High school interscholastic athletic competition; prevention of hate speech, etc. (SB285)

Introduced By

Sen. Adam Ebbin (D-Alexandria)


Passed Committee
Passed House
Passed Senate
Signed by Governor
Became Law


High school interscholastic athletic competition; prevention of hate speech and ethnically or racially insensitive expressions. Requires the organization governing high school athletics and academic activities for public and approved nonboarding nonpublic high schools (the organization), with such funds as may be appropriated by the General Assembly for such purpose pursuant to the general appropriation act, to develop (i) rules and standards for the prevention of inequities involving the use of hate speech or ethnically or racially insensitive expressions during athletic and academic competitions sponsored by the organization's member schools, (ii) procedures for the enforcement of and penalties for the violation of such rules and standards, and (iii) training materials on such rules and standards. The bill requires each member school of the organization to abide by and implement such rules, standards, procedures, and penalties and ensure that each student who will participate in high school interscholastic athletic or academic competition, the parent of each such student, and each individual, whether paid or unpaid, who coaches a team that will participate in high school interscholastic athletic or academic competition receives and reviews such training materials. The bill requires the organization to make part of the process to become a registered official in good standing for any association offering services to the organization an education and training requirement that is consistent with the training materials developed by the organization. The bill has a delayed effective date of January 1, 2023. Read the Bill »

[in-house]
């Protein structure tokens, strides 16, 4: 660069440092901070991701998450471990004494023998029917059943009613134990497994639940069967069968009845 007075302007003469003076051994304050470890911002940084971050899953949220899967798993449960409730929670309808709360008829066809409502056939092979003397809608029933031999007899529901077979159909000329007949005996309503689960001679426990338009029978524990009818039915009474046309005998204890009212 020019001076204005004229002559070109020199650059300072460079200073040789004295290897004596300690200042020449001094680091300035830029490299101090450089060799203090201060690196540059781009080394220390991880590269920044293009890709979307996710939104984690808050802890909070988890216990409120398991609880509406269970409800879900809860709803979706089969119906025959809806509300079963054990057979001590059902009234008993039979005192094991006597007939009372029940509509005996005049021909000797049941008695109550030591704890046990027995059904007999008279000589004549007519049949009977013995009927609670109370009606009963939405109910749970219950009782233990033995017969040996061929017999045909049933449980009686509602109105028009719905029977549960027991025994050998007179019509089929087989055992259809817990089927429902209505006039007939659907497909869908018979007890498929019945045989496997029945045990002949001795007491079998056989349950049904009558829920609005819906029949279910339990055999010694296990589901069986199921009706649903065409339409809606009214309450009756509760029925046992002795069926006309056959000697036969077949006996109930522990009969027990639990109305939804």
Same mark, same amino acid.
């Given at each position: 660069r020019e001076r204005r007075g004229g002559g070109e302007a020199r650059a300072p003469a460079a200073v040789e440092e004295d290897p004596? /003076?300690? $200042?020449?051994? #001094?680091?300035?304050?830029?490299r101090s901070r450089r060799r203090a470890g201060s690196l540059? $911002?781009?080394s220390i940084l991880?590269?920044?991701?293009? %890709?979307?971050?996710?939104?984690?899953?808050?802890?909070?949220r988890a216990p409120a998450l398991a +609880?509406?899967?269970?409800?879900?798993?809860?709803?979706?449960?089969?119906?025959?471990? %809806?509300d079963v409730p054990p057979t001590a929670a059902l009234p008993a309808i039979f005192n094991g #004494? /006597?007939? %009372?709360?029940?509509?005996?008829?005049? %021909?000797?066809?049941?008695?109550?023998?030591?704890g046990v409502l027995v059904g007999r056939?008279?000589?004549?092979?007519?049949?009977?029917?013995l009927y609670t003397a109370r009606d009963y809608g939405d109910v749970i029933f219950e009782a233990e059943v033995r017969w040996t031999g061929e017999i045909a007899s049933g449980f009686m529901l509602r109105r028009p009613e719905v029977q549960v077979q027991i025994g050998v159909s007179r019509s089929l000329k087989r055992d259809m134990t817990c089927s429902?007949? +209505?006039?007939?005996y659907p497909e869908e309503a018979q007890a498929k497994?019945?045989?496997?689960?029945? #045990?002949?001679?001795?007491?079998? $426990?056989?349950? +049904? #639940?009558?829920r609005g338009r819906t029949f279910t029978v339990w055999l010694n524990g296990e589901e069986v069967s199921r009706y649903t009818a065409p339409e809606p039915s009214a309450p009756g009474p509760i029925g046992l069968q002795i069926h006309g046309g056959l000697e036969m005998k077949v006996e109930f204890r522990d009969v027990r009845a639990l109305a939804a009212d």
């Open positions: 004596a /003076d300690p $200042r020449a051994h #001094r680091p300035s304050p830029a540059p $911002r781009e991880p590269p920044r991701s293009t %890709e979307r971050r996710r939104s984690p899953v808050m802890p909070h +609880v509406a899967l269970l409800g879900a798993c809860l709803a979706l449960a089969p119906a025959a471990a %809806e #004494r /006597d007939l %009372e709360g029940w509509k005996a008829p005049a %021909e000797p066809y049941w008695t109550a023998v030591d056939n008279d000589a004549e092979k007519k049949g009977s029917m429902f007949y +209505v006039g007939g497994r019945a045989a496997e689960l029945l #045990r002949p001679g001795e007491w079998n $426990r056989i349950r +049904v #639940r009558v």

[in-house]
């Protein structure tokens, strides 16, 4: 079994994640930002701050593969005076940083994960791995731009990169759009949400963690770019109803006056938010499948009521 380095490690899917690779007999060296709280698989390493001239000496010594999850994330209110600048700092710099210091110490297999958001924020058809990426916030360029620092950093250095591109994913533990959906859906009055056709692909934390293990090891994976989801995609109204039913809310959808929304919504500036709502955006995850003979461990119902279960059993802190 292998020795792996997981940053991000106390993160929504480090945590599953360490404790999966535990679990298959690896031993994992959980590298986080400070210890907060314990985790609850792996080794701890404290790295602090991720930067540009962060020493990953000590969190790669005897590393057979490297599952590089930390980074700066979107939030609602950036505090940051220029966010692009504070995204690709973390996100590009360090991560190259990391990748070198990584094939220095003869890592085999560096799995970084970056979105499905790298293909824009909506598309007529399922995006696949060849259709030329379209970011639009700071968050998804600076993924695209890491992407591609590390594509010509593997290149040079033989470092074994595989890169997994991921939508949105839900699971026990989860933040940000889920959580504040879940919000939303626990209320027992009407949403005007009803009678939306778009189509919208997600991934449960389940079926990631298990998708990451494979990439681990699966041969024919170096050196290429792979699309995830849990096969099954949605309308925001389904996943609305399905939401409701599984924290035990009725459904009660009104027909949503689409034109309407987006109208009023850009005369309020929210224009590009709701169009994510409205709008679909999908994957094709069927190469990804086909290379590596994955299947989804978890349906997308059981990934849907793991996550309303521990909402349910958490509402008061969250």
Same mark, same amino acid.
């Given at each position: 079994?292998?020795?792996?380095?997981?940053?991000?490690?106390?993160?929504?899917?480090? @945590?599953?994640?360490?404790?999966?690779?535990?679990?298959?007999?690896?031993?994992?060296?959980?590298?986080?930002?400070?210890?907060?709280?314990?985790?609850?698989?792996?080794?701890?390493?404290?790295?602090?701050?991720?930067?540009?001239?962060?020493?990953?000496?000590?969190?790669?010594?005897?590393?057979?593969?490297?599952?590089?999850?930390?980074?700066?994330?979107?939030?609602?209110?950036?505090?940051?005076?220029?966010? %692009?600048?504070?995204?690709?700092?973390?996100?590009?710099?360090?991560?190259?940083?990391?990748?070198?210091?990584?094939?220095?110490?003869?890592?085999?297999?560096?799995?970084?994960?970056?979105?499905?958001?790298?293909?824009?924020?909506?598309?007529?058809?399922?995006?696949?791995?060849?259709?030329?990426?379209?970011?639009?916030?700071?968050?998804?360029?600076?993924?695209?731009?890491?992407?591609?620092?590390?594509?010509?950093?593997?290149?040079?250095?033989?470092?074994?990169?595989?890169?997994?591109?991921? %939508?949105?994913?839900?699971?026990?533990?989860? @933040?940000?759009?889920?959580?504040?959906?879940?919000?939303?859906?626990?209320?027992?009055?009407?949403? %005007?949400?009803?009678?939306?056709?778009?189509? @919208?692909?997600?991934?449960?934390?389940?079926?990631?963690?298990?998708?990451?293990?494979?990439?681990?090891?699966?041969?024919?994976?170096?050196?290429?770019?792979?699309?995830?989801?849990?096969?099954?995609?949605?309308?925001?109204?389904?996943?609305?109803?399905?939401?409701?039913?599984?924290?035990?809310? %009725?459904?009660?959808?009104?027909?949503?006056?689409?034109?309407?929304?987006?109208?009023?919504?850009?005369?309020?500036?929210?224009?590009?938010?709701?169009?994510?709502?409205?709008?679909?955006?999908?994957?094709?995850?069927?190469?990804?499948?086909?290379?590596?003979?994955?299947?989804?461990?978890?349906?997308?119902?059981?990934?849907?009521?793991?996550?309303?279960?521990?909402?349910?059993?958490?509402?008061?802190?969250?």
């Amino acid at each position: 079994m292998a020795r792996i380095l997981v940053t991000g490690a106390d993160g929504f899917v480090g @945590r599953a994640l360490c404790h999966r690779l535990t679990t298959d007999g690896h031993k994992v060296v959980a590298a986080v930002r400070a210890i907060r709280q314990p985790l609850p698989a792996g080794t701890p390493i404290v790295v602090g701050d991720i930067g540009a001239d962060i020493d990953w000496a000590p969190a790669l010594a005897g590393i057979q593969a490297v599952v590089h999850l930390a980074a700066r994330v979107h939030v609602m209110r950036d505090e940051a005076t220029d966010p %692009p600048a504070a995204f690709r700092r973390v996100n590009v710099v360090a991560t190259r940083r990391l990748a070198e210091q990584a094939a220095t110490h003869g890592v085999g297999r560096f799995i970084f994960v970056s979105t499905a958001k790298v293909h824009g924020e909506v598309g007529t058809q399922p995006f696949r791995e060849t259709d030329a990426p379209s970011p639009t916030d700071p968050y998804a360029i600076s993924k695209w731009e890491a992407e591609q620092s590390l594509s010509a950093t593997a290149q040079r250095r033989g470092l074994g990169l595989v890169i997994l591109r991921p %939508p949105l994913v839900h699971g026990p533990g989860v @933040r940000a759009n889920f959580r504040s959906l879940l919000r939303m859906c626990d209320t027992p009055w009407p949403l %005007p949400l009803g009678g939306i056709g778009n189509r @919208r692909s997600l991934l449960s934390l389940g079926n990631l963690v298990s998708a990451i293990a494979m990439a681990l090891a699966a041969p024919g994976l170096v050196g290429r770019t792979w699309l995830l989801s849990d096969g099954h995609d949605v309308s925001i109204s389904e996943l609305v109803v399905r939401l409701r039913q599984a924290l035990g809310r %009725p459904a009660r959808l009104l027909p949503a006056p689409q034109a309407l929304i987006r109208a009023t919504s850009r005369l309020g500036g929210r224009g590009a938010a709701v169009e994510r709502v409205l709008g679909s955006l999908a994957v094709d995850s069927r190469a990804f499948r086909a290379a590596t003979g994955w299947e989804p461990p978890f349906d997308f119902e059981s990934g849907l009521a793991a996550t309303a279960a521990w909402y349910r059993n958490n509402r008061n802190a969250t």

Bill Has Failed


01/11/2022Prefiled and ordered printed; offered 01/12/22 22100981D
01/11/2022Referred to Committee on Education and Health
01/12/2022Assigned Education sub: Public Education
01/27/2022Senate committee, floor amendments and substitutes offered
02/01/2022Impact statement from DPB (SB285)
02/03/2022Senate committee, floor amendments and substitutes offered
02/03/2022Failed to report (defeated) in Education and Health (7-Y 8-N) (see vote tally)


Fred Woehrle writes:

A law professor says this bill is unconstitutional. It seems to reach even private schools. And it targets "hate speech," which the First Amendment protects in many settings.

Law professor Eugene Volokh says the bill is accordingly a violation of the First Amendment. See Eugene Volokh,
"Virginia Bill Would Require Rules 'for the Prevention of Inequities Involving the Use of Hate Speech or Ethnically or Racially Insensitive Expressions,'" Reason, January 13, 2022.

His explanation is available at this link: https://reason.com/volokh/2022/01/13/virginia-bill-would-require-rules-for-the-prevention-of-inequities-involving-the-use-of-hate-speech-or-ethnically-or-racially-insensitive-expressions/

He says, among other things:

"The bill doesn't make clear whether the rules would be limited to students or would cover spectators as well. A restriction on 'hate speech' or 'ethnically or racially insensitive expressions' (even if defined precisely enough by the "rules or standards" to avoid unconstitutional vagueness) by spectators would be a viewpoint-based restriction on private speech, and thus unconstitutional. There is no 'hate speech' exception to the First Amendment; but it's telling that the Legislature doesn't seem satisfied even with the ill-defined concept of 'hate speech,' but seeks to extend the prohibition to an even broader category of 'ethnically or racially insensitive expressions.' Public schools would have more authority over vulgarities said by their students at school-sponsored events (under Bethel School Dist. No. 3 v. Fraser) and over speech that disrupts the event (under Tinker v. Des Moines Indep. Comm. School Dist.). But I doubt that all 'ethnically or racially insensitive expressions' would qualify; whether 'hate speech' would qualify would depend on how it's defined. (See, e.g., then-Judge Alito's opinion in Saxe v. State College Area School Dist. (3d Cir. 2001), striking down a public high school speech code.) And I doubt that the government can force private schools to impose viewpoint-based restrictions on their students, even as a condition of participating in a competitions with public schools."